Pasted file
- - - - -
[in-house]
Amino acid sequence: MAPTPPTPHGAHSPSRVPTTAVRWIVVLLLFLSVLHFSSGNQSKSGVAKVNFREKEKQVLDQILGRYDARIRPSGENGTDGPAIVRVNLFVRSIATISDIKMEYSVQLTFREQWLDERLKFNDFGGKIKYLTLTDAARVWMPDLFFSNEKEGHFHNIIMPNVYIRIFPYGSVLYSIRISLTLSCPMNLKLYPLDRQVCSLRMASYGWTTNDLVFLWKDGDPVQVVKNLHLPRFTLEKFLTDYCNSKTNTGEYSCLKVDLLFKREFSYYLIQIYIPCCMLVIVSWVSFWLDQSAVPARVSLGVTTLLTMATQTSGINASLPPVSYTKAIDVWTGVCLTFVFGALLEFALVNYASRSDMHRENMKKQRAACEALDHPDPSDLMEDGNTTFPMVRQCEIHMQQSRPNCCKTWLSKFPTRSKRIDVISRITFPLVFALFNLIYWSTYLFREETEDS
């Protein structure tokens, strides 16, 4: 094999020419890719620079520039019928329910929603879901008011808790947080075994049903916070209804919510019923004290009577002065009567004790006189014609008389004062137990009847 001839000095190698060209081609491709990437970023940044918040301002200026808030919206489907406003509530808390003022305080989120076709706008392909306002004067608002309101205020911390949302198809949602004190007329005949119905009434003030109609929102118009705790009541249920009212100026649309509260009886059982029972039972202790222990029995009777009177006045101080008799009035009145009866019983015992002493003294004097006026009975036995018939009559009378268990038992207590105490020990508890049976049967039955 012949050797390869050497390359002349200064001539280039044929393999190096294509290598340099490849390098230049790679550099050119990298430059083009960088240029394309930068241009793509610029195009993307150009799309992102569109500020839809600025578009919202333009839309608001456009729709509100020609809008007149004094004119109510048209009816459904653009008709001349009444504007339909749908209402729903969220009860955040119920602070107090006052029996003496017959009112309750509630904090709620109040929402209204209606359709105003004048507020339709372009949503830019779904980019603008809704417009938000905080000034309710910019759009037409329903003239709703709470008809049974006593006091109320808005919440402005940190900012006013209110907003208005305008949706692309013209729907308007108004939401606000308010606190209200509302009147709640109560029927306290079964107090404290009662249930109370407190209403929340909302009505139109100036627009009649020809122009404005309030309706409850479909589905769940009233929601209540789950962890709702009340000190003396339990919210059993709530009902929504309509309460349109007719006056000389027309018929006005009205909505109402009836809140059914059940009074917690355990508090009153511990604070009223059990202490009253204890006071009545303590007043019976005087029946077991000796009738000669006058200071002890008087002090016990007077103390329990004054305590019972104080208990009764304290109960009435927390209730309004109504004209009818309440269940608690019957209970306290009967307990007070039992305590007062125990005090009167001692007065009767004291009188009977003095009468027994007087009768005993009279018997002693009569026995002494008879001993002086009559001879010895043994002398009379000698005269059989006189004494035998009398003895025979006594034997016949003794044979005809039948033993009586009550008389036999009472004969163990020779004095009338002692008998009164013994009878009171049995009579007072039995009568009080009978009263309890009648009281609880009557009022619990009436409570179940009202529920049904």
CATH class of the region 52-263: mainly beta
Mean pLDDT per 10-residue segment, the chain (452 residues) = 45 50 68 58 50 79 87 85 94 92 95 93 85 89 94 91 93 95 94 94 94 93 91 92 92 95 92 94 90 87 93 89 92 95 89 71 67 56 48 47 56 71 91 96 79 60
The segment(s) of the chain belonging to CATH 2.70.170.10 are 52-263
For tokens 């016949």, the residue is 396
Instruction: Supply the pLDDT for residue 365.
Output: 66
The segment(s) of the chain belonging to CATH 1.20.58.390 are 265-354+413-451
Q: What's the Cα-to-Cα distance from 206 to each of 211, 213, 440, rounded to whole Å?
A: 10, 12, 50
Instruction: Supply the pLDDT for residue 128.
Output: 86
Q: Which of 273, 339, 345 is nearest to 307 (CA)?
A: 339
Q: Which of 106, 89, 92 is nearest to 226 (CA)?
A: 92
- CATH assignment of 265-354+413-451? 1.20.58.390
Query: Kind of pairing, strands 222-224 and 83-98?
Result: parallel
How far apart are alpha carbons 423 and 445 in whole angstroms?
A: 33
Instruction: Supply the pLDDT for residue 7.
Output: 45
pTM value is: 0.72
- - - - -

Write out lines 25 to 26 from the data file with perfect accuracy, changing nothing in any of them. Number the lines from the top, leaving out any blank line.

Output: 45
pTM value is: 0.72